NEW ABSTRACT: IR35 is such a "fiscal horror" that it seems to have been forgotten or ignored by some legislators, civil servants, etc, leading to a "Catch 22" situation that lower-paid workers are expected to sort out!   Isn't the best "legal aid" that Parliament can provide is to take lower-paid workers out of scope of IR35?

For example: In the recent SLC scandal of Mr E P Lester being paid gross (e.g. HMRC Tax Ref 2926942328 dated 14Oct'10 & "the remit of an Employer Support Team"), too many MPs and officials failed to ask: “did Lester declare he was caught by IR35 as a ‘disguised employee’?”  OR: "IF IR35 dues have been paid, THEN is there a story?"

PROPOSAL: A revised S.I should be introduced as part of the Budget March'12 that IR35 “should be modified so that IR35's implementing ITEPA Section 54 (1) Step 1 would in future “be revised to have a ‘cost allowance’ of the VAT registration threshold in cases where the worker has had a break of at least 366 calendar days since leaving a contract for service.”   These simple words could form part of the Chancellor's Budget speech!   [Please see detailed. wording change in "RECOMMENDATION" section below]

BACKGROUND:  (1) IR35 was "Originally trailed as a means of cracking down on Friday to Monday cases, where employers were sacking whole departments [on Friday], and then getting those staff to come back [on the following Monday] as independent consultants".  This potential tax and NIC avoidance abuse was and is a real threat to HMRC's work, and this writer believes that this IR35 rationale remains partially valid - subject to sensible restrictions being brought to the implementing Legislation in 2012.

(2) For the very high paid, for example Directors General of the BBC who would seem to have to be ITEPA 2003, Section 54 etc - provision of services through an intermediary - looks through intermediaries and tries to distinguish Employed and Self-employed. Its current "IR35 5% costs allowance" also seems to be of a sensible order of magnitude that could address potential tax and NIC avoidance abuse at a very high level of pay.  Ditto at Student Loans Company, etc.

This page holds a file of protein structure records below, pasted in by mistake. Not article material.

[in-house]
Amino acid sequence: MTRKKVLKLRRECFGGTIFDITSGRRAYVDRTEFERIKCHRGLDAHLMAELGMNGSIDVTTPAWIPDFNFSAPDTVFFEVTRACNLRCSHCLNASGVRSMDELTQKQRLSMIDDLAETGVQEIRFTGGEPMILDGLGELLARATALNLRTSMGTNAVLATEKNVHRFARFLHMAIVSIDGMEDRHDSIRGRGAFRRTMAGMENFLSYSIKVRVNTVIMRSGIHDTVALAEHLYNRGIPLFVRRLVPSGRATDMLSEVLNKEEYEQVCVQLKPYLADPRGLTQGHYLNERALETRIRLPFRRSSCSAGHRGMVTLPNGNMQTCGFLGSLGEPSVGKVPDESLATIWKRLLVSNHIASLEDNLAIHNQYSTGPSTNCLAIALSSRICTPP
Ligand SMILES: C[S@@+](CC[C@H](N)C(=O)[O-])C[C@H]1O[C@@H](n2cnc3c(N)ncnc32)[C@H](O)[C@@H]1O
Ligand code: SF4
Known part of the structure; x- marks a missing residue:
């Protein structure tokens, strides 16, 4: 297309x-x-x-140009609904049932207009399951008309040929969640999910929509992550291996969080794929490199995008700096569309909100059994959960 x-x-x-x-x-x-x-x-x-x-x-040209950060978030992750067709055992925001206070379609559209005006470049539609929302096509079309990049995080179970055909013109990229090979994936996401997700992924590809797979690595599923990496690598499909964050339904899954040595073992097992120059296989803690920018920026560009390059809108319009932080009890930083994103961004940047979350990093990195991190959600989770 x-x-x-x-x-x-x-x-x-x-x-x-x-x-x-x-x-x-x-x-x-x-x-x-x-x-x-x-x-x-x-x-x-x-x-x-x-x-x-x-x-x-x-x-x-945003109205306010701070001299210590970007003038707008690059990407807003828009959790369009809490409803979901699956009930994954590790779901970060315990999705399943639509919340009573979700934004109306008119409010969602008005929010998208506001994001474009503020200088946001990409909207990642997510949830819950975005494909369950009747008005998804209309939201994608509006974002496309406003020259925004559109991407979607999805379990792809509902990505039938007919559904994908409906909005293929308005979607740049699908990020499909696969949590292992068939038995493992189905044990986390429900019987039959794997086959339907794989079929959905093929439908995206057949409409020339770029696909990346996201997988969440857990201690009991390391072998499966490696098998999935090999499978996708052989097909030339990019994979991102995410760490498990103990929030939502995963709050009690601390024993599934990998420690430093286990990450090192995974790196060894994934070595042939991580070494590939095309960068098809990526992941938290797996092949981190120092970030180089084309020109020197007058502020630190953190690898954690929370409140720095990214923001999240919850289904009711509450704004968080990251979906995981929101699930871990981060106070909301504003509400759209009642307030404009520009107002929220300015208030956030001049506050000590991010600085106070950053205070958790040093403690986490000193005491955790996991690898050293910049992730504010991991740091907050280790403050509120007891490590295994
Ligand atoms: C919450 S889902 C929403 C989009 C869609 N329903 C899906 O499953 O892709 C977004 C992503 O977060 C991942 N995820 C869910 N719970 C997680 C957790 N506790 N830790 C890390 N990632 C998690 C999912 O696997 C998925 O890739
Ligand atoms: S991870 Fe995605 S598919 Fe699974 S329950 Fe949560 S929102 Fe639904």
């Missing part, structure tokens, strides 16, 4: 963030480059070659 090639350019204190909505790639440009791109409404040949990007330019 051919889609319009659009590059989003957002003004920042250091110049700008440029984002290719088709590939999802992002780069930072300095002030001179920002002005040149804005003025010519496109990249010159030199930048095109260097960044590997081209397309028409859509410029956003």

(3) However, for the "Squeezed Middle" of aspiring small businesses, the IR35 regime seems tome to be highly problematical.  As the Tax Law Review Committee report "TAX AVOIDANCE" November 1997 states [in para 1.9 on page 2]  "Avoidance, and the risk of avoidance, are at their greatest where there is a failure to base the tax on sound economic principle, where the tax creates unsustainable boundaries or where there are arbitrary rule.  If governments wish to limit avoidance, they should avoid enacting legislation that positively invites it!".  In particular, the specific problem of the 2003 “consolidation” legislation is that "there is a failure to base the tax on sound economic principle, where the tax" fails to recognise the inevitable 'higher than 5%' inevitable running costs of small business, often recognise as the engine room of UK GDP economic growth.  It should be noted that the writer - despite many verbal enquires - has been unable to establish the exact basis of the current "5%" figure with particular reference to the smaller businesses; consequently, it would appear that the "5%" figure is an arbitrary one, with the concomitant difficulties as noted by the Tax Law Review Committee in 1997.  Hence an economic "simplification" of IR35 may, paradoxically, require the insertion of a few words!